The Betta Siamese fighting fish, Betta splendens Pla-kad ( biting fish ) Thai. (Halfmoon fancy white red betta ) in motion on fresh water weeds background

Algae are aquatic organisms that generate the nutrition they need through photosynthesis. Although algae are a nuisance, these organisms do have some benefits in that they remove harmful substances, including nitrates, from the water in your fish tank.

Also, any fish species, including bettas, pick at algae as part of their daily diet.

I keep algae growth controlled in my tanks by keeping algae eaters, including snails and Amano shrimp, both of which make good tankmates for bettas.

Temperature Shock

Bettas are extremely sensitive to temperature changes, and they can go into shock if the water in the tank becomes too cold or too hot.

If your betta tank is in a place where the sun shines on it all day, the temperature in the tank may become too high very quickly, which will definitely stress your fish and could even kill him.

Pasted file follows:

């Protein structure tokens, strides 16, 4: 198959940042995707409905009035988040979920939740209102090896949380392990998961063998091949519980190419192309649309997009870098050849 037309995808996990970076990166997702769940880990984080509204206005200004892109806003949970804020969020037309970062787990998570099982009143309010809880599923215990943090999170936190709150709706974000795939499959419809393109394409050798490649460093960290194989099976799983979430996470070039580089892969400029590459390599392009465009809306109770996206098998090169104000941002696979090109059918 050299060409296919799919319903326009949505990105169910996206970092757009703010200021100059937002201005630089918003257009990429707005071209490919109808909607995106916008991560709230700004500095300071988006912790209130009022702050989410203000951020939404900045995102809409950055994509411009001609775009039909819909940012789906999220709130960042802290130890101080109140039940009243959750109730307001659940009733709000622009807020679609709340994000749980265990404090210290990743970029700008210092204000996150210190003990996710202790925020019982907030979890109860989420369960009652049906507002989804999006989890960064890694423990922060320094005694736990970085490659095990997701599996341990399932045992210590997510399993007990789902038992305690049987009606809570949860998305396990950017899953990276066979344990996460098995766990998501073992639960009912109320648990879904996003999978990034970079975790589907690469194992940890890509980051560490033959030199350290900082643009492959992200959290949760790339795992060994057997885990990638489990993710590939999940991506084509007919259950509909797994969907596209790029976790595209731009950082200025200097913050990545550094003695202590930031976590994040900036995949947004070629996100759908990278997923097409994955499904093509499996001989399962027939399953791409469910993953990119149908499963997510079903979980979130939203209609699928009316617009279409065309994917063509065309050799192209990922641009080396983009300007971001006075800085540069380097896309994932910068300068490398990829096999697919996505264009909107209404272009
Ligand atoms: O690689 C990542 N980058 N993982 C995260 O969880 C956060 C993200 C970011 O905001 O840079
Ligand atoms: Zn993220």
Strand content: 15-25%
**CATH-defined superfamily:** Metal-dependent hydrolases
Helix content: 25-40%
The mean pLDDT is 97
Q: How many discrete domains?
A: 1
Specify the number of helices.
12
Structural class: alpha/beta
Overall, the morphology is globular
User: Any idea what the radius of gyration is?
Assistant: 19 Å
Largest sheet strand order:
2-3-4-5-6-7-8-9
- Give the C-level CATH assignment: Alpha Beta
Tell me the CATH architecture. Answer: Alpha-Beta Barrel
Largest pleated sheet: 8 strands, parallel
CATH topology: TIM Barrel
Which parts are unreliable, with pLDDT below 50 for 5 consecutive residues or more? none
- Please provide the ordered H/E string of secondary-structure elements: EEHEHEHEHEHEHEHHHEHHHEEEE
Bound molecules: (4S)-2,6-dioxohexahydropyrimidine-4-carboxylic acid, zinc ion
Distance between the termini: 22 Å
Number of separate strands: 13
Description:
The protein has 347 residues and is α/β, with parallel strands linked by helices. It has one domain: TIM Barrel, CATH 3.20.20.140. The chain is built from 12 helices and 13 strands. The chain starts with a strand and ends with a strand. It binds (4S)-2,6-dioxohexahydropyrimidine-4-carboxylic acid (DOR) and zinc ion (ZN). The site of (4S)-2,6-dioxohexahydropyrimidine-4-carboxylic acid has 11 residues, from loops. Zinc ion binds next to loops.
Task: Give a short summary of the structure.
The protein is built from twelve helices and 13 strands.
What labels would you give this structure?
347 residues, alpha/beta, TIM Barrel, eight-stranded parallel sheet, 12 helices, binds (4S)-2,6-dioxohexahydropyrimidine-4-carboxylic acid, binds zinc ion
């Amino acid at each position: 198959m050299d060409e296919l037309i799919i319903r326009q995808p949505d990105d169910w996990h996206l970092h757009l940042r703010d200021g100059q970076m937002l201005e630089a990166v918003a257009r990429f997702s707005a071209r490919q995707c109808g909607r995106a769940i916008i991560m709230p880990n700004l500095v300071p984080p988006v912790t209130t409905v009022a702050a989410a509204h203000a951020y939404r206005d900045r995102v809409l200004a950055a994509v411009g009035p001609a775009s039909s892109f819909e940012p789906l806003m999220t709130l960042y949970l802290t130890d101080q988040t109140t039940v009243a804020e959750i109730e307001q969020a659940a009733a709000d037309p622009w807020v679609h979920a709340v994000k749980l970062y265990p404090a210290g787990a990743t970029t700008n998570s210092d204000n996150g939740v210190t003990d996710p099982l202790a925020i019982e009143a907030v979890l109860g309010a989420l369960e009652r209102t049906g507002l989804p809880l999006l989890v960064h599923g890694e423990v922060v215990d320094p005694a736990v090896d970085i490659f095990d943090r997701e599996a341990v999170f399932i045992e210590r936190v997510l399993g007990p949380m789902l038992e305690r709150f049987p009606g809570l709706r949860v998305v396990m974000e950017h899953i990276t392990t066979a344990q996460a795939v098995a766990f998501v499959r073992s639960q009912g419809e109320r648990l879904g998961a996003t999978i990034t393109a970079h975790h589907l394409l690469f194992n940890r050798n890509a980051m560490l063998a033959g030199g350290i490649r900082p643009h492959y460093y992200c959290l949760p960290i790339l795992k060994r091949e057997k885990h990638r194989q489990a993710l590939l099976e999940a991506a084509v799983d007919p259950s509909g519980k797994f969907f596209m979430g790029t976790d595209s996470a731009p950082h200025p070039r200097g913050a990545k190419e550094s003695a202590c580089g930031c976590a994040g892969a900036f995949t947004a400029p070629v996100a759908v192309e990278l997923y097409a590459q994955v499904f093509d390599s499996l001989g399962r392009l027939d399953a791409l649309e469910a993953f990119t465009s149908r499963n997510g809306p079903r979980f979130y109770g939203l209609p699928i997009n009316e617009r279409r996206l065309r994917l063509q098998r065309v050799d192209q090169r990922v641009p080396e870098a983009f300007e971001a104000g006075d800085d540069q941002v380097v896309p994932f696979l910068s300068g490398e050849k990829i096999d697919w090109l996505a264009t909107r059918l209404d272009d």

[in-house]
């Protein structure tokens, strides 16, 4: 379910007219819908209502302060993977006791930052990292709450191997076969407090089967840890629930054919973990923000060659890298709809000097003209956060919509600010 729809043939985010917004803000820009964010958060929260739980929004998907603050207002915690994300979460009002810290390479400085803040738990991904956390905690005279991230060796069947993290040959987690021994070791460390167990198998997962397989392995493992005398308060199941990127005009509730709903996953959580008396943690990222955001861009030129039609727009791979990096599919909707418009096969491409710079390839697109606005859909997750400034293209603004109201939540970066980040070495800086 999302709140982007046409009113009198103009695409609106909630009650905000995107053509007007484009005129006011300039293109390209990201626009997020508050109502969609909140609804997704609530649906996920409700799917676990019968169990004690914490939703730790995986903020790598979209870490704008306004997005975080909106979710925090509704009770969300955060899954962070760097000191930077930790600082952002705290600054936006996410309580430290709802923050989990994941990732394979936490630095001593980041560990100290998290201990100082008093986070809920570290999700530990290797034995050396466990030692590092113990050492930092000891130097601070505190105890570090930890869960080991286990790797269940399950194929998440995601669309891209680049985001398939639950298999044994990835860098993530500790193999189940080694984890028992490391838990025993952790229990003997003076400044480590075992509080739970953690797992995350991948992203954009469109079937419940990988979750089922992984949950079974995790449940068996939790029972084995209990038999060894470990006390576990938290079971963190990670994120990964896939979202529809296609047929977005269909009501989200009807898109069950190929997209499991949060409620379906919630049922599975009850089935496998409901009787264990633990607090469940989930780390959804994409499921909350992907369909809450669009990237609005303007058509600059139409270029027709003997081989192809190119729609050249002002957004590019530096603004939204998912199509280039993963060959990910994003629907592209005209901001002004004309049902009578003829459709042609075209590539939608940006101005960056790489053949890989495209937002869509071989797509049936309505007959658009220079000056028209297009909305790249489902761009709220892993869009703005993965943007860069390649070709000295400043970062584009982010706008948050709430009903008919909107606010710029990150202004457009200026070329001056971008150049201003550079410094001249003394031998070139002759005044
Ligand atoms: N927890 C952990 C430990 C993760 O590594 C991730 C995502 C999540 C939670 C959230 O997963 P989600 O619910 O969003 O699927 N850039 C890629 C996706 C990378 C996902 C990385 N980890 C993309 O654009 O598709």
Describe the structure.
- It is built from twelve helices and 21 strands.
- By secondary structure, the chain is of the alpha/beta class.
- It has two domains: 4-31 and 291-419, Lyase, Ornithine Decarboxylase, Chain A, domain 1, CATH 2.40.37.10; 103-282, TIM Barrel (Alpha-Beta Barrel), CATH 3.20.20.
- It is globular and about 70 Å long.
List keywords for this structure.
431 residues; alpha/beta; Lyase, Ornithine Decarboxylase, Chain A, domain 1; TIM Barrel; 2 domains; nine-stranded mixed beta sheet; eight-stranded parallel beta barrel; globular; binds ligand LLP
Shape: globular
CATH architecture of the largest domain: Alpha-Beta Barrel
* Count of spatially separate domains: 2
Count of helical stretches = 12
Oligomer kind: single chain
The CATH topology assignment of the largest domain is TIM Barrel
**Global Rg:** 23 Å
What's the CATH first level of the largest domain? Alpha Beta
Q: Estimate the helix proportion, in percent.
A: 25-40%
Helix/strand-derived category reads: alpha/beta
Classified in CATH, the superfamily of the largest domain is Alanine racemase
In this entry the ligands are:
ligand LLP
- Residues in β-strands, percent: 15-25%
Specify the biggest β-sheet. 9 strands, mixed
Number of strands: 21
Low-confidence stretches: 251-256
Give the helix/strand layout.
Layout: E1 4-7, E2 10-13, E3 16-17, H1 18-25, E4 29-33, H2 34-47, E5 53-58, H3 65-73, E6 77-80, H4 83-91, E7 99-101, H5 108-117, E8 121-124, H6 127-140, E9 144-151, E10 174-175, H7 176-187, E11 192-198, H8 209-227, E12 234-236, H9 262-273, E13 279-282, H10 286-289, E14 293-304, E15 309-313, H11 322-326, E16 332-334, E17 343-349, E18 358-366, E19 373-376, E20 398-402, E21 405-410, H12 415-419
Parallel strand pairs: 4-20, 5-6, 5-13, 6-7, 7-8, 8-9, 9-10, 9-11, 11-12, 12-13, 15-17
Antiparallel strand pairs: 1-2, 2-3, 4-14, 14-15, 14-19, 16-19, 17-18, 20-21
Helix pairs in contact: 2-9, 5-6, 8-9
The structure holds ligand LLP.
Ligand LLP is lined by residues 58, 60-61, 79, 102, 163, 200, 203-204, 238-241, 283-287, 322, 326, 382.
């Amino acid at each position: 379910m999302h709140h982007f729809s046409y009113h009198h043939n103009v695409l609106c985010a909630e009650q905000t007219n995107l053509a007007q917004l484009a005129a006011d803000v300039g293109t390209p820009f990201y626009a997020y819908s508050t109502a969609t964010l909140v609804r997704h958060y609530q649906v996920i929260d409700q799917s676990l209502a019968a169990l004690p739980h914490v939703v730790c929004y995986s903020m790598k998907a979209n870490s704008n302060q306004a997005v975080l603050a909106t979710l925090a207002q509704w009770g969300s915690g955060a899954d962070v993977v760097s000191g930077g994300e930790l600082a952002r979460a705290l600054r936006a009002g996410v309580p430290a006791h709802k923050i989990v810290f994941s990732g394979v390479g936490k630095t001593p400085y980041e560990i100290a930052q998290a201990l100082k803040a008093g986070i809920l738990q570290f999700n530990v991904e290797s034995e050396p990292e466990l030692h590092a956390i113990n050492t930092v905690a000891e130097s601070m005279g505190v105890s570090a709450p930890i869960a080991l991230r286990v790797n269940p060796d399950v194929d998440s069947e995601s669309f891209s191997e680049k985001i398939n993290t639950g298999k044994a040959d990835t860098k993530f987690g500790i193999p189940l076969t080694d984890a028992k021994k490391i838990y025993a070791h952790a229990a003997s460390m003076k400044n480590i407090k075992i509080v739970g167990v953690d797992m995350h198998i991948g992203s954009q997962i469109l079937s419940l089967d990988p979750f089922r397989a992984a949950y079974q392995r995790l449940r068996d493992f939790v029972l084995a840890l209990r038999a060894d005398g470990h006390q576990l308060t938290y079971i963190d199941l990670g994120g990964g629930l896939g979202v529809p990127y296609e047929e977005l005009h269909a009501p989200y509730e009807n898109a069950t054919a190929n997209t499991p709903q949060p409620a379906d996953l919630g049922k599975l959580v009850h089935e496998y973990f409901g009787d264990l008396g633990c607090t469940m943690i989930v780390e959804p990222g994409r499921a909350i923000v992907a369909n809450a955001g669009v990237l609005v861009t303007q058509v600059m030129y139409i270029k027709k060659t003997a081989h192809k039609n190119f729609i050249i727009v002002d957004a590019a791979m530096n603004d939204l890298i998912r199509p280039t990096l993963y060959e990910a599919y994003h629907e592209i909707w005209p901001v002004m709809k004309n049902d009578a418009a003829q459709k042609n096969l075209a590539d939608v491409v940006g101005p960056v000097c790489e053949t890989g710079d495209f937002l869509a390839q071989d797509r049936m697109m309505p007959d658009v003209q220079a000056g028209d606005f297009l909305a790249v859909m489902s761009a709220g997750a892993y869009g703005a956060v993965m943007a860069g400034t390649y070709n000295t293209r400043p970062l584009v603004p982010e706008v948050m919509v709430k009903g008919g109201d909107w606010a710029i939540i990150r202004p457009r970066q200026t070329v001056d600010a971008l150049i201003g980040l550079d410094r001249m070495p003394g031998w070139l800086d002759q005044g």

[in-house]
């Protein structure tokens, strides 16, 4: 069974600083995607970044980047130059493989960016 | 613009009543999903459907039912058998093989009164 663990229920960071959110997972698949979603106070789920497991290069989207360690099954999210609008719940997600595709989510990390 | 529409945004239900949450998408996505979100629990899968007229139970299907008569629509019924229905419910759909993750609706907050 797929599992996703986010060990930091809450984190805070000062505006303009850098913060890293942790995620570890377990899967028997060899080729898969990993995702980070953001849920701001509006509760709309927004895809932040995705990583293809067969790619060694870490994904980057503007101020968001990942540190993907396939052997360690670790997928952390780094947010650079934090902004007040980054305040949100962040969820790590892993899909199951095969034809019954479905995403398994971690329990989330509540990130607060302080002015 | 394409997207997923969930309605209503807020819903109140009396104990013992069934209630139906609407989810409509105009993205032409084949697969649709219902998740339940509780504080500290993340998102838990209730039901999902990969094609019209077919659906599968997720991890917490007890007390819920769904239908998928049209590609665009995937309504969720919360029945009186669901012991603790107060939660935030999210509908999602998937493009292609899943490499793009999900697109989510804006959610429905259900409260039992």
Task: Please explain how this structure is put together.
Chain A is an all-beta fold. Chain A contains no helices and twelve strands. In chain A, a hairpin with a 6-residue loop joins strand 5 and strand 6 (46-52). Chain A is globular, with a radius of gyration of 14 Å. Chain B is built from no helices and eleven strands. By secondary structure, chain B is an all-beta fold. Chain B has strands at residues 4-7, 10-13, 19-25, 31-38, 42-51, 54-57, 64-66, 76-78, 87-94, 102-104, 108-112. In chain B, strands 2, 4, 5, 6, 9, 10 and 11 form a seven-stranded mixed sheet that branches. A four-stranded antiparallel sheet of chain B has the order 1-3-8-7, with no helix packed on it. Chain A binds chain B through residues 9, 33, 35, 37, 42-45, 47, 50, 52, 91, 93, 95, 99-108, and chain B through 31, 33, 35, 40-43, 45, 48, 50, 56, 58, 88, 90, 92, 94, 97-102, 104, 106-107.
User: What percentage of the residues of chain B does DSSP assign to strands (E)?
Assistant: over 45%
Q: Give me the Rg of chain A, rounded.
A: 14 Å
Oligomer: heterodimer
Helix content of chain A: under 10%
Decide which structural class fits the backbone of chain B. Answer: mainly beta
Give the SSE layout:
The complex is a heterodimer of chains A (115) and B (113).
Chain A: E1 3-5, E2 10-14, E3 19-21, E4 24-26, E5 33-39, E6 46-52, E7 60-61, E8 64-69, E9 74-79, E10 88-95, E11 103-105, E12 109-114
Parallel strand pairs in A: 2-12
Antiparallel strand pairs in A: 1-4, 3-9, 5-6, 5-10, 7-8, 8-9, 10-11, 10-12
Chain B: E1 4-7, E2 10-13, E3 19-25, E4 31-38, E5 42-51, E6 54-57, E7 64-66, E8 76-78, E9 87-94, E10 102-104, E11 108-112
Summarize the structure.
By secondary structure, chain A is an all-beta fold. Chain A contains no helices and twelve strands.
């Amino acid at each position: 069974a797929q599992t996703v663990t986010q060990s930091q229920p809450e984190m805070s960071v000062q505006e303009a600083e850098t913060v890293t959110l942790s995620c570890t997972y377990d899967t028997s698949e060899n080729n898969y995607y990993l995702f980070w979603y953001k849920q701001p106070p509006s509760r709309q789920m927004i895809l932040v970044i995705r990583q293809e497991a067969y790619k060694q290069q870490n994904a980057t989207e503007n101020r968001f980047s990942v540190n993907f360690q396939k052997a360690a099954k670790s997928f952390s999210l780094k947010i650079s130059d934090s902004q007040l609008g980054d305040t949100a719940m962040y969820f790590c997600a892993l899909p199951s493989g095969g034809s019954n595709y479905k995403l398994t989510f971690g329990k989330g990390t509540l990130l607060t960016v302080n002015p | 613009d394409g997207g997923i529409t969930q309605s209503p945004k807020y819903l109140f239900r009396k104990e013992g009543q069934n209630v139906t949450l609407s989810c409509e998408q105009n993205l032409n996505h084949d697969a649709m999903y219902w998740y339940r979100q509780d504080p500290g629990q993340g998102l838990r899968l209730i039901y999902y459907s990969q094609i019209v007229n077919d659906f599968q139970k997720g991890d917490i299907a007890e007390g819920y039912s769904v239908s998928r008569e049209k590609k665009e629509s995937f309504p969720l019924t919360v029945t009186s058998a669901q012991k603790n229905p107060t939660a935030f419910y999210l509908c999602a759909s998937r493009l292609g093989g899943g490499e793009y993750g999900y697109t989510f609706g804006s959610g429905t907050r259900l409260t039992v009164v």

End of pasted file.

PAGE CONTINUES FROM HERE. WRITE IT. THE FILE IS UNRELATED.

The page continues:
How Much Light Does A Betta Tank Need?

Selective focus photo of blue betta fish on small glass container.

As a general rule of thumb, you should have 1 watt of light per gallon of water or less for LED lights, and 1.5 watts of light per gallon of water for fluorescent lighting.

In the wild, a betta’s day is generally shorter than ours. That’s because the dense aquatic vegetation in his environment blocks out much of the natural sunlight. So, to mimic that pattern in the captive environment, your betta should have between eight and 12 hours of light a day, followed by 12 to 16 hours of darkness to replicate nighttime.

What About Colored Lights?

Many aquarium lights come with a range of built-in color and special effect options, which you can use to great effect when designing your betta tank look and vibe.

Colored lights do not affect your betta any differently from white lights provided that you stick to the day/night routine.

Beware Reflections!

Fancy Halfmoon Betta on Black Background

Male betta fish are highly territorial and aggressive toward other males. The sight of their own reflection may trigger your fish to attack, mistaking his reflection as a male interloper.

Although your betta’s flaring might look impressive, it’s actually a very stressful experience for your fish. These tips will help to prevent reflections that artificial light sometimes causes.

  • Only turn on your betta tank light when your main room light is on. Reflections are most often caused when your aquarium is lit from within, and exterior lights are off.